President of the Caribbean Association of Pharmacists (CAP) Dr. Marvin Smith yesterday said local and regional retail pharmacists are fully stocked with resources to help residents prepare for coronavirus (COVID-19).
He said across the region, CAP has been communicating with its members to update them about general protocols and how they can manage patients who are dealing with suspected symptoms in terms of either the delivery or collection of their medication.
So far, the only countries in the region to have cases of the coronavirus are Cuba, Jamaica, St. Martin, Dominican Republic, St. Barthelemy and Martinique.
“As it relates to pharmacists and what they are able to supply, a number of our pharmacy partners have been able to supply protective gloves and masks throughout the region. You’ll see that even here in The Bahamas, pharmacies – if they are able to get those particular items – are stocking them. Hand sanitizer is flying off the shelves like everywhere else and those types of things. It’s kind of scary, I was wondering what people used to do in terms of hygiene before,” he told Guardian Business.
“I think from our end as an association and our retail pharmacies, we’ve said to them to try to find alternative ways to get supplies and prescriptions out to your patients rather than have them come into [your establishment], if and at the point that the COVID-19 virus becomes an issue here.
“We actually have in The Bahamas a concierge pharmacy that does deliver medicines and that particular pharmacist has been doing it for a number of years.
“So we’ve highlighted some of these things for them to be able to look at and to speak as an association, as the member association for different countries, to really look at some different options if and when this becomes an issue.”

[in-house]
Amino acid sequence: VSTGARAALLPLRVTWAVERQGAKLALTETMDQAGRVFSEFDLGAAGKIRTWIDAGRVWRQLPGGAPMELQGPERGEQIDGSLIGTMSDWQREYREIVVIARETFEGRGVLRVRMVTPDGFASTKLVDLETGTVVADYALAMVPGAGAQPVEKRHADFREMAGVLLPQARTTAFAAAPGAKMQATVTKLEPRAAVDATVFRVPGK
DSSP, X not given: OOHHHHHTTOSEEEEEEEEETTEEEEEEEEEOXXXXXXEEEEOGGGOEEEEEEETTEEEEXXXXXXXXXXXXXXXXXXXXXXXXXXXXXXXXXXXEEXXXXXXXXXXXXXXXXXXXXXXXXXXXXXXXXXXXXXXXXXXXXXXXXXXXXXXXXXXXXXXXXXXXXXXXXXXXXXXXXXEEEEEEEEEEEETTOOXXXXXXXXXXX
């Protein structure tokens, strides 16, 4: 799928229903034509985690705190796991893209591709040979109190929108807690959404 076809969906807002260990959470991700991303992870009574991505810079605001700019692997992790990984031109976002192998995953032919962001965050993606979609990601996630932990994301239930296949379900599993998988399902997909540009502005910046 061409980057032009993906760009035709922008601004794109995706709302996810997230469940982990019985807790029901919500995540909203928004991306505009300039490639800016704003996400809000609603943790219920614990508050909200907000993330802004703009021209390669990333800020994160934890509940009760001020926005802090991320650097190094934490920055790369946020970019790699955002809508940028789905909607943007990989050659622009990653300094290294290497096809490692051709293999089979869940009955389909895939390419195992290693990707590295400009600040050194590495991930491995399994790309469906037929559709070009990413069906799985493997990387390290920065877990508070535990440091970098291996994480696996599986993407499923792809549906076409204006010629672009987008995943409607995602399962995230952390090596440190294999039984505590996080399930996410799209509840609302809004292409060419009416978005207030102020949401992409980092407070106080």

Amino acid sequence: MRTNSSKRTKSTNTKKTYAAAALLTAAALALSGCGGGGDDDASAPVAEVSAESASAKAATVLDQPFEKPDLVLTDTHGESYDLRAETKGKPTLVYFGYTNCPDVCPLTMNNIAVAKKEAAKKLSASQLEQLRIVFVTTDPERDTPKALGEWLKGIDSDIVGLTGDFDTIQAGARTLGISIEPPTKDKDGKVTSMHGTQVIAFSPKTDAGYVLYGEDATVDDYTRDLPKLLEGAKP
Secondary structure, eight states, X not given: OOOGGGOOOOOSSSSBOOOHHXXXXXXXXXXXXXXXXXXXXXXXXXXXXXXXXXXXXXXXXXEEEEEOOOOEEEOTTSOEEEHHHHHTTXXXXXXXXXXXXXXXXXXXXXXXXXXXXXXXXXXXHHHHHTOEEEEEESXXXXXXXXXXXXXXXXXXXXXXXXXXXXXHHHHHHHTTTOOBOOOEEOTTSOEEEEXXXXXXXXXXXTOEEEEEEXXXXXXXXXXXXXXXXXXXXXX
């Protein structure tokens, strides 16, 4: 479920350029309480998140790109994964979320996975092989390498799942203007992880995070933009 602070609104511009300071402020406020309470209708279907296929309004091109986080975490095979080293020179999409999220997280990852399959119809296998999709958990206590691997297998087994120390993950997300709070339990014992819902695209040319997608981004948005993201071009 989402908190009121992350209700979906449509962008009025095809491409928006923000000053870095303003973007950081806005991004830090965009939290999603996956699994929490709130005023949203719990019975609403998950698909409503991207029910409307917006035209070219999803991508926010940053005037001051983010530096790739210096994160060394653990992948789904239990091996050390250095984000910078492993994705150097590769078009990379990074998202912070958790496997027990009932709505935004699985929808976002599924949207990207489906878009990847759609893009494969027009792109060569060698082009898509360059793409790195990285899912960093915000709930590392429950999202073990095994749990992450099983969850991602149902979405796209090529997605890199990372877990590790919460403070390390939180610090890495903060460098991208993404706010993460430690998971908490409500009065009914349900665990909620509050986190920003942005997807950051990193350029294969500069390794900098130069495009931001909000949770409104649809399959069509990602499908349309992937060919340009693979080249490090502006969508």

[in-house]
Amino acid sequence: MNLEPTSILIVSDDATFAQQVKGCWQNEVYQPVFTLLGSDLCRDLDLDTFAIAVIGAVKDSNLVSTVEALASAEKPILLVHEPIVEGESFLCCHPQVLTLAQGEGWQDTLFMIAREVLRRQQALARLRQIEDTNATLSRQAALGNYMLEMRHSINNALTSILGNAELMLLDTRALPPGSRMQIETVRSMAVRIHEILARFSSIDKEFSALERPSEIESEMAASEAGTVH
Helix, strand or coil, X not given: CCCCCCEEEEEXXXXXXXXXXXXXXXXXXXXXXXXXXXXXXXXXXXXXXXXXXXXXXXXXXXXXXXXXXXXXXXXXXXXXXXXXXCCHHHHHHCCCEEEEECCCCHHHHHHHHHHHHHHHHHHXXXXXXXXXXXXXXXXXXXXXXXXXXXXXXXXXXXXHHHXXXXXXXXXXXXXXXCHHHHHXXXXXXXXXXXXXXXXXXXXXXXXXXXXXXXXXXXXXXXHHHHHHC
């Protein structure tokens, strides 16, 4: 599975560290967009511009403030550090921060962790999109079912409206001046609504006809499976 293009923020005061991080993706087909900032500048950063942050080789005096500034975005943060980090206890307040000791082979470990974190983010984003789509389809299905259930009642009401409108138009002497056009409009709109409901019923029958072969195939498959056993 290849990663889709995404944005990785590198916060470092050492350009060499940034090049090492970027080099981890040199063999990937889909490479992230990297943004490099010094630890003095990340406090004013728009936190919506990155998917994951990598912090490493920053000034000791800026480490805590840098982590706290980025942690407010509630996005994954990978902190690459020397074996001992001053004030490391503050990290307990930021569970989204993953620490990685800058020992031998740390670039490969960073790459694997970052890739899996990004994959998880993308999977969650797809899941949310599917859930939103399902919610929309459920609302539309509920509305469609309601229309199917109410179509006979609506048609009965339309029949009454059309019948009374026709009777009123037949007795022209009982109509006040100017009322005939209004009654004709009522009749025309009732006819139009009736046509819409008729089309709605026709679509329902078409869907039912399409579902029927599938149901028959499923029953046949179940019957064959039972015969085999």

As for the stockpile of resources in the region to treat some of the symptoms of coronavirus – like fever, cough and body aches – Smith said he doesn’t foresee a shortage.
“I really don’t foresee that. Keep in mind that these are medications that would generally be used to manage regular influenza. We’re in that season in any event, so these companies would have already known what flu season brings and this is the basic needs that we have and what we will need to produce,” he said.
“So those particular items are already on the market and we shouldn’t have any issues. We certainly haven’t seen any difficulty in sourcing them and I haven’t heard anything from our partners throughout the region on that.
“The best thing we can say to our customers is, if you feel like you are not doing well and you feel like you are experiencing flu symptoms, call your local pharmacy and say to them that you need to get your meds, you’re experiencing these symptoms, how can you help me? And we will find a way. Our pharmacists here and throughout the region are very resourceful and we care about our patients.”